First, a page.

Central banks should be fighting the climate crisis – here’s why
Posted on: 05 January 2024
Professors Martin Sokol, Trinity, and Jennie Stephens, Northeastern University, argue the case for central banks catalysing a more just, equitable and climate-stable future in this piece for The Conversation.
Martin Sokol, Trinity College Dublin and Jennie C. Stephens, Northeastern University
Climate finance was a major focus at the recent COP28 summit, but one set of game-changing institutions remains largely missing in such conversations: central banks.
Central banks are public institutions, charged with maintaining economic stability through controlling the supply of money in an economy. These banks have enormous power to catalyse a more just, equitable and climate-stable future.
However, our recent research points out that their policies have been slowing down – rather than speeding up – transformative climate action. The problem is these banks focus on financial stability in the near term, which means propping up a status quo which promotes further climate instability. And that means they are making things more unstable in the long term.
Our research suggests that long-term stability cannot be achieved without first disrupting and transforming the existing financial system. One way to do this would be for central banks to use tools already available to them to trigger a short-term intentional disruption in order to redirect financial flows and create greater stability in the long-term – we call this “creative disruption”.
Short-term v long-term stability
Central banks generally try to keep the economy stable by controlling inflation through interest rates. With climate disruptions causing more and more instability every year, many central banks are starting to take the climate more seriously. Yet, when price stability is threatened by increasing inflation or when the overall financial stability is questioned by a looming financial crisis, central banks quickly forget about the climate.
For example, recent aggressive increases in interest rates have disproportionately hit the renewable energy sector and made it harder for people and governments to raise money for other measures that would help cut emissions or adapt to climate change. From a long-term perspective and from a climate justice lens, this is counterproductive.
To maintain short-term economic stability when COVID hit, central banks around the world quickly lent money to commercial banks in a variety of ways – even at negative interest rates. But no strings were attached, so banks lent this money to the fossil fuel industry and other wealthy corporate interests, among others.
During the pandemic many central banks also increased the money supply, in a process called quantitative easing, to stimulate the economy, and some of this money ended up in the pockets of carbon intensive industries. These efforts to stabilise financial markets reinforced and exacerbated huge inequities in wealth and power, and were a missed opportunity to increase support for a green economy.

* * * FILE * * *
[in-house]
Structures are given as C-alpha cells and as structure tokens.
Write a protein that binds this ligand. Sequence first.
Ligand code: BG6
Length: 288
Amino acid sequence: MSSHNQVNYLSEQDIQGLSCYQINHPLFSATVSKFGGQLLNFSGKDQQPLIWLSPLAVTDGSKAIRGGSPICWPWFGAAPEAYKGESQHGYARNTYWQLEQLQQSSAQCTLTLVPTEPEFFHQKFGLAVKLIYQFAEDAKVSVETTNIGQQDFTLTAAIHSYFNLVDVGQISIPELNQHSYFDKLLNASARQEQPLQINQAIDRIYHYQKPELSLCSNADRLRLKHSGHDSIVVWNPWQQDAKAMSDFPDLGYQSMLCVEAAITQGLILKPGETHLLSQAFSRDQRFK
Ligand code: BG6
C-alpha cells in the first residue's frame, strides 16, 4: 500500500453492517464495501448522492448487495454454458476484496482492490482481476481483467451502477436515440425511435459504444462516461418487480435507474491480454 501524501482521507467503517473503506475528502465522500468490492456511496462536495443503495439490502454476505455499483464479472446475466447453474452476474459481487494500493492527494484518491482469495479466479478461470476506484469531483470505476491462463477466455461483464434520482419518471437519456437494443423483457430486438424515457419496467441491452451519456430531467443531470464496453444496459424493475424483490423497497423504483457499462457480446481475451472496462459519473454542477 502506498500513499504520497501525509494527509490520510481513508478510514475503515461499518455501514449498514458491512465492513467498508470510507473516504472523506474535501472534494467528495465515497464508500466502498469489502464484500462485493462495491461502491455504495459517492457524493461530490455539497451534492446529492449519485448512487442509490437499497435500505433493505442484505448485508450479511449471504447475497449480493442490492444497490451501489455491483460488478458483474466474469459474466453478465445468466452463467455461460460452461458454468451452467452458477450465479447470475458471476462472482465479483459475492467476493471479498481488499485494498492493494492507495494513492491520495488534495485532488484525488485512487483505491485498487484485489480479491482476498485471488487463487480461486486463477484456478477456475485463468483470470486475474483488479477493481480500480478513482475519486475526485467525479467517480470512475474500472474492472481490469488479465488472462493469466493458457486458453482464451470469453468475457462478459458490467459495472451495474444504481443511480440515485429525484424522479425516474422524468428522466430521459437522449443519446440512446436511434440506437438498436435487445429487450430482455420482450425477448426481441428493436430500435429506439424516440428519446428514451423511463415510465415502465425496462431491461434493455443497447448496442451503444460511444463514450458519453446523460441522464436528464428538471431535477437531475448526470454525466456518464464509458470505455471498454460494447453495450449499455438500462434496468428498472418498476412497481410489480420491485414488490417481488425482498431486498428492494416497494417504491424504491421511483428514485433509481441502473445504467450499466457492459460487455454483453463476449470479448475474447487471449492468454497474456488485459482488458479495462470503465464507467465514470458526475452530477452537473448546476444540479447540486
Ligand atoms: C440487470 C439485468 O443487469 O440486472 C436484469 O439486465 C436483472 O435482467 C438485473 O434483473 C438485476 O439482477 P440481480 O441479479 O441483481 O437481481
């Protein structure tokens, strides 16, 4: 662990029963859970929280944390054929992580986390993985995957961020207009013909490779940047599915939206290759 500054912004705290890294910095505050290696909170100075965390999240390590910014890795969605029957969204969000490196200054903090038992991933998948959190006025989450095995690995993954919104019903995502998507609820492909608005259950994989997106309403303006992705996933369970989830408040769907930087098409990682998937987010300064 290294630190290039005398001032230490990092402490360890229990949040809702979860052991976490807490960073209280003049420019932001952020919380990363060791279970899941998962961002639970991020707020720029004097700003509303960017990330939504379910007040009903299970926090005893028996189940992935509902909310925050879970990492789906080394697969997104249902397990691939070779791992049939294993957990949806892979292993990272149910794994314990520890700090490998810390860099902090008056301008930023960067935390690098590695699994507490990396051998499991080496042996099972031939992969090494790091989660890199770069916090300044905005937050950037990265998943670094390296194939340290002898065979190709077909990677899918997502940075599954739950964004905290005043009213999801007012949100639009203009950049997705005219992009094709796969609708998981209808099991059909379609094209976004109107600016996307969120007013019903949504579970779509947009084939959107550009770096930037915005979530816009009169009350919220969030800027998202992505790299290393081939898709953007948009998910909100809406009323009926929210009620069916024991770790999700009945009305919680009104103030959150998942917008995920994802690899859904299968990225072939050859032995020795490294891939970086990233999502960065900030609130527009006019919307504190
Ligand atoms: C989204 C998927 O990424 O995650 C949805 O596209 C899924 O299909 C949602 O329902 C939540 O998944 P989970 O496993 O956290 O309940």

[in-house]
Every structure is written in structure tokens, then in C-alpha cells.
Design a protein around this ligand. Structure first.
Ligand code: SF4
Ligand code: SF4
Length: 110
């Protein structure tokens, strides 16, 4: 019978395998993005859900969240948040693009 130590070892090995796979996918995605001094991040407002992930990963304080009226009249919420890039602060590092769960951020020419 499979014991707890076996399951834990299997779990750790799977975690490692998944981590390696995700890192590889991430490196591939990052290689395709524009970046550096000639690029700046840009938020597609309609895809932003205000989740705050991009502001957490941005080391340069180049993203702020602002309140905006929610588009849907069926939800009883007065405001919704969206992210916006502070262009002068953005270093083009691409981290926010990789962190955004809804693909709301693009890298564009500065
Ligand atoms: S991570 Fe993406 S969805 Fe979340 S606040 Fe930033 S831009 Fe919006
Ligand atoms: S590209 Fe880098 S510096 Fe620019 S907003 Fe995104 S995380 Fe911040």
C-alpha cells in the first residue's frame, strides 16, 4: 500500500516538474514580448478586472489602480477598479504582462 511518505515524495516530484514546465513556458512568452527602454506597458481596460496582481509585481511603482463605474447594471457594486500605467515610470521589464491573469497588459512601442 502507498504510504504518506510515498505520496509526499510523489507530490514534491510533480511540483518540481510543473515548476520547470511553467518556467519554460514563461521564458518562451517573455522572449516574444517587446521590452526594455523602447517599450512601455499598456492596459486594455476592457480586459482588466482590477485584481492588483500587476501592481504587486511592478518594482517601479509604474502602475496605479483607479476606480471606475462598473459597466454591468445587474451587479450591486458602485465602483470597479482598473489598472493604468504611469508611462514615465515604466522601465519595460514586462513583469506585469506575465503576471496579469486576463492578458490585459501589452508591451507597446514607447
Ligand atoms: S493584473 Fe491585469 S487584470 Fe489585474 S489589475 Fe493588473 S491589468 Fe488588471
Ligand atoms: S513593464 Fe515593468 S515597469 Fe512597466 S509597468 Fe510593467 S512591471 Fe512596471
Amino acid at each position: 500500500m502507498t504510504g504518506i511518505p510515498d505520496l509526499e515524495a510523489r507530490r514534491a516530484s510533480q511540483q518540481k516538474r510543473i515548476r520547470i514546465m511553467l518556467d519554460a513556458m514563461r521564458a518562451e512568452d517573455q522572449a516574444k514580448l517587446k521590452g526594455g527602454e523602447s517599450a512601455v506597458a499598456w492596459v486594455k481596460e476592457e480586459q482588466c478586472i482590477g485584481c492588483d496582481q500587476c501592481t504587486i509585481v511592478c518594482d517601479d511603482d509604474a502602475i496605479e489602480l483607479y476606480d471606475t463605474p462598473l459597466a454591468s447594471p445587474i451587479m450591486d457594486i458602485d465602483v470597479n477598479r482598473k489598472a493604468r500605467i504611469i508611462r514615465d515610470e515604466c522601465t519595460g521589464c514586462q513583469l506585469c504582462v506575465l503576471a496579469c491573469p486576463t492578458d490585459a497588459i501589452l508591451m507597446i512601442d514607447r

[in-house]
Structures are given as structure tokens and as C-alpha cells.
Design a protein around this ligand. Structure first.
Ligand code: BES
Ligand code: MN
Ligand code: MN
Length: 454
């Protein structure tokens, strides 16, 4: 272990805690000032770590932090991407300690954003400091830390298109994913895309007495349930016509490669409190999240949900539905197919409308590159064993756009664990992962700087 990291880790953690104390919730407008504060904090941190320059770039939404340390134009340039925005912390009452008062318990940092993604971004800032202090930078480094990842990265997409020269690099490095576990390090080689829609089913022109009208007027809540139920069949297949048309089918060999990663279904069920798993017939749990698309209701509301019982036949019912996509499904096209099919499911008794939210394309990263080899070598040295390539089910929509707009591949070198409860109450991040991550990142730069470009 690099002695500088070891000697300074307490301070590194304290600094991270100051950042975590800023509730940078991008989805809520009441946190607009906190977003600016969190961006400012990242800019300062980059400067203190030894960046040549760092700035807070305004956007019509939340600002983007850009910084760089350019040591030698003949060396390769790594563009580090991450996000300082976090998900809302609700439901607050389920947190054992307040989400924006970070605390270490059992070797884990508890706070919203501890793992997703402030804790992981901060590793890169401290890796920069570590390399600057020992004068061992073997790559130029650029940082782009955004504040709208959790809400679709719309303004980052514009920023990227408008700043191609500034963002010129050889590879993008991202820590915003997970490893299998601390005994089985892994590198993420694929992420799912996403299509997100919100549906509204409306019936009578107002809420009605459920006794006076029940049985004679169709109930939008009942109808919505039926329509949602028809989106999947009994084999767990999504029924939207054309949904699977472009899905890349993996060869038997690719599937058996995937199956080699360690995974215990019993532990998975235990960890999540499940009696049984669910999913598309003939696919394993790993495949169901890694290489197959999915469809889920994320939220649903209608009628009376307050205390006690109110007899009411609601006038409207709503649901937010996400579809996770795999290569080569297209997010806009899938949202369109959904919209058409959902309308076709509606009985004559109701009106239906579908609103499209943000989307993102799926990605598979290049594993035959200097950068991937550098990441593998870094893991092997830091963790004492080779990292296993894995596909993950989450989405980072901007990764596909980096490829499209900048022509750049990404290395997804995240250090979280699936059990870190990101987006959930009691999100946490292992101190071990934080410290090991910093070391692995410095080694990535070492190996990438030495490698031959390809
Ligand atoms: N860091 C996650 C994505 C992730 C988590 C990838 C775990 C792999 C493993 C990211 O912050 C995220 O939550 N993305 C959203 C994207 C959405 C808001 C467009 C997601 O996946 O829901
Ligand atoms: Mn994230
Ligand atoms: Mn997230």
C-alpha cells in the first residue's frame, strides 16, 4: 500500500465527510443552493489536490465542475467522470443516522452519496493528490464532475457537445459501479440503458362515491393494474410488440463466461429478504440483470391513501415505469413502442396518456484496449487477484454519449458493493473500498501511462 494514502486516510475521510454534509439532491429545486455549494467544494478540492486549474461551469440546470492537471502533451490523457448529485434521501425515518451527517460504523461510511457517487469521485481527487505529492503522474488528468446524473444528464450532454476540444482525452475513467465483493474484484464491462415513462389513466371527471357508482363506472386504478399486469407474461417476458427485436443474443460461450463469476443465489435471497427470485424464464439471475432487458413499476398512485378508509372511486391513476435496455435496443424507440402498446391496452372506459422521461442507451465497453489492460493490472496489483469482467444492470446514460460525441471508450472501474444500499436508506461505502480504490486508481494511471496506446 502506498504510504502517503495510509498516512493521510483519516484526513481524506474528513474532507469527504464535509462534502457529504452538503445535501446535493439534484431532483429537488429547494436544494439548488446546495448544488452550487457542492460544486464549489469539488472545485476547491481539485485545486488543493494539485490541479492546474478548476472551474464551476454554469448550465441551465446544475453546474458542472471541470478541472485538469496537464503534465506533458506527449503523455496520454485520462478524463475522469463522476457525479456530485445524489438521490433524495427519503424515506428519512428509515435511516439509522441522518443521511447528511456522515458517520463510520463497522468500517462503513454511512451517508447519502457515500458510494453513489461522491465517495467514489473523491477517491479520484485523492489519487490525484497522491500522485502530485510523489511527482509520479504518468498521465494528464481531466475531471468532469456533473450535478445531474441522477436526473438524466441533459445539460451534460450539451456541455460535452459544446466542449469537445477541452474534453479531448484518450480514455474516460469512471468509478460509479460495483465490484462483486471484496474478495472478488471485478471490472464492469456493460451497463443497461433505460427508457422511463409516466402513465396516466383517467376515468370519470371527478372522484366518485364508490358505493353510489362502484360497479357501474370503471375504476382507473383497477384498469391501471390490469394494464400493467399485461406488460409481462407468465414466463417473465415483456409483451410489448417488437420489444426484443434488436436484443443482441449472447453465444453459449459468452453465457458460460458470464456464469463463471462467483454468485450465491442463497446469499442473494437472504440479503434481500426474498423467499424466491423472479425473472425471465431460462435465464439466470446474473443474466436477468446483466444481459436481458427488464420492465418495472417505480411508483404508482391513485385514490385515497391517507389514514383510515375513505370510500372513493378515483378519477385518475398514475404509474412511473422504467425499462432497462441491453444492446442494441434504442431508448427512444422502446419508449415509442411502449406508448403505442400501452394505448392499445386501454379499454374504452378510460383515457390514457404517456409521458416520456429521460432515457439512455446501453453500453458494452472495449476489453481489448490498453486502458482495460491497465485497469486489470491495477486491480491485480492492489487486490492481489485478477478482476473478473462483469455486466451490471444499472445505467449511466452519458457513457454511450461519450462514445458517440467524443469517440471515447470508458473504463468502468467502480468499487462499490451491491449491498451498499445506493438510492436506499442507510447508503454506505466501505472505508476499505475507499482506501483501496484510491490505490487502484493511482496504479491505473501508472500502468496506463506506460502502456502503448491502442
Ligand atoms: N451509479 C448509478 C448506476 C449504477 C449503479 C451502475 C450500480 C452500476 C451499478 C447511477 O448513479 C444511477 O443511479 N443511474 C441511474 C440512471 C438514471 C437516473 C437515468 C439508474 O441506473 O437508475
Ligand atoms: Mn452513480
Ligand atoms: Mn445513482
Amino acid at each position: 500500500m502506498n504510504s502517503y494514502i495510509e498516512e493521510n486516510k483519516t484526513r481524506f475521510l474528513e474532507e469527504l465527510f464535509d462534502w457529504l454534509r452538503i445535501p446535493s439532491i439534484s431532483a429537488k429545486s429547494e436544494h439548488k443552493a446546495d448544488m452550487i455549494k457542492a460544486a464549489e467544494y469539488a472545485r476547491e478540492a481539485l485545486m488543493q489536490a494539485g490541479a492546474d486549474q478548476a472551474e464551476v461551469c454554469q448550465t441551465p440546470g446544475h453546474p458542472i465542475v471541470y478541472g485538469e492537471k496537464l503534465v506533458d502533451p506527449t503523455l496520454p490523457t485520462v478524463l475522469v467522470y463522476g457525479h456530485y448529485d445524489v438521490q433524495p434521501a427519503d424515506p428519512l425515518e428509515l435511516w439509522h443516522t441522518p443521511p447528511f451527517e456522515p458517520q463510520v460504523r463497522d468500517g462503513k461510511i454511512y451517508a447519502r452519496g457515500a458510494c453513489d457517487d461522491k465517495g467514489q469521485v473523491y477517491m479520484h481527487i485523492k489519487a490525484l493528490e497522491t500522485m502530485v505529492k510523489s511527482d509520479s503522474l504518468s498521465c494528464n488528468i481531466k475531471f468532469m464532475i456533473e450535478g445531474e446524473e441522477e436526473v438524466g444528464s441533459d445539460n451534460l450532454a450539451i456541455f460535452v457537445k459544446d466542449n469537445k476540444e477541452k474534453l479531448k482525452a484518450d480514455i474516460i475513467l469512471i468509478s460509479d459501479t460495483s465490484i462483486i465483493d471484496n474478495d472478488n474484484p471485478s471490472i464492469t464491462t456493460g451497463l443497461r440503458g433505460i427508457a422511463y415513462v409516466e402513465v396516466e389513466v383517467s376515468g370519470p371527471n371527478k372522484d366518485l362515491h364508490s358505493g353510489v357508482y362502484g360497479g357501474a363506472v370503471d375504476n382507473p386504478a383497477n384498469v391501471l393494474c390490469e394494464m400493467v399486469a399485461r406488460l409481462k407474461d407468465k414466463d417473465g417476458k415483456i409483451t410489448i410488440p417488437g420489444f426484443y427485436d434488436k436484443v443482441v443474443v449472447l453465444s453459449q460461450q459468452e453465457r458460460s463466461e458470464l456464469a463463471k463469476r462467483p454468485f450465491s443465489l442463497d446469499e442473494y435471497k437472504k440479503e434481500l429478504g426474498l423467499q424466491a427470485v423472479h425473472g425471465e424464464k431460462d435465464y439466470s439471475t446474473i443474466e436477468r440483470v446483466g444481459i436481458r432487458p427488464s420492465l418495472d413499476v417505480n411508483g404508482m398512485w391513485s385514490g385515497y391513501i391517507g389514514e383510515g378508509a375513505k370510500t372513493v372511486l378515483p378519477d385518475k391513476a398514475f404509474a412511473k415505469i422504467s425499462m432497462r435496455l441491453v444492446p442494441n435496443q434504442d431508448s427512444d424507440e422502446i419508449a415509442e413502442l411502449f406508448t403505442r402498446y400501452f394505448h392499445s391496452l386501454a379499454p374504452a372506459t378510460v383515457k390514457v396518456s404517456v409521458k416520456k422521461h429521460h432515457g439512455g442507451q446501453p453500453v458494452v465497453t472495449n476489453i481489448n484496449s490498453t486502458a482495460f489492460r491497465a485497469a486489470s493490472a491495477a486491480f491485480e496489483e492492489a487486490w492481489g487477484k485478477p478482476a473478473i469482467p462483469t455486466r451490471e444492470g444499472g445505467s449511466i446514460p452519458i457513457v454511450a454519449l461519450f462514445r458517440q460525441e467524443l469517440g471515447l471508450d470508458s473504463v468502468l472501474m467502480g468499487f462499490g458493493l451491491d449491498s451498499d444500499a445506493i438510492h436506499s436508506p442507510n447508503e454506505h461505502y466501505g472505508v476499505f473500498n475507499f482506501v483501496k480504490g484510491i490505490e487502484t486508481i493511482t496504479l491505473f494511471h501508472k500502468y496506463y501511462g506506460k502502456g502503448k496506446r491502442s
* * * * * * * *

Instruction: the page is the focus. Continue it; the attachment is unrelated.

Central banking, climate-justice style
That’s why in our latest research we analysed central banks from the lens of climate justice. Climate justice is an approach to climate action that goes beyond a narrow focus on decarbonisation and emissions and focuses on social change and economic equity as a way to make people less vulnerable to climate change. This means restructuring the financial system to work for the benefit of all people rather than just the top 1%.
So instead of stabilising markets by supporting corporate interests and the financial sector in the short-term, we suggest that central banks need to start prioritising long-term stability. An intentional short-term “creative disruption” would reverse established financial flows and would start funnelling investments towards the most vulnerable.
For example, central banks could use their power to create money to help local governments finance ambitious climate infrastructure projects or directly support community-oriented public investment programmes.
Rather than continuing to focus narrowly on inflation to determine economy-wide interest rates, central banks could create different interest rates for different kinds of investments – establishing high interest rates for carbon-intensive activities and low or zero-interest rates for renewable energy. The Bank of Japan is one of a few central banks that have already started experimenting with such schemes.
Central banks can also create zero or negative-interest rates for climate justice investments. Imagine households could insulate homes, install heat pumps and solar panels – and get paid for it. And the most vulnerable communities should be served first, not last. If central banks can use negative interest rates to save banks during the COVID crisis, they surely can use such tools to save people and the planet in the climate crisis. Innovations like this could transform the financial landscape, and reshape the financial injustices that dominate today. And there is much more central banks can do.
Central banks have the power and the tools to trigger a rapid transformation towards a more just, fossil-fuel free future at a global scale. Instead of continuing to use their power to accelerate climate chaos, central banks could catalyse a shift toward a more equitable financial system. Going forward, the transformative role of central banks needs to be at the top of the climate policy agenda.
Martin Sokol, Associate Professor of Economic Geography, Trinity College Dublin and Jennie C. Stephens, Dean’s Professor of Sustainability Science & Policy, Northeastern University
This article is republished from The Conversation under a Creative Commons license. Read the original article.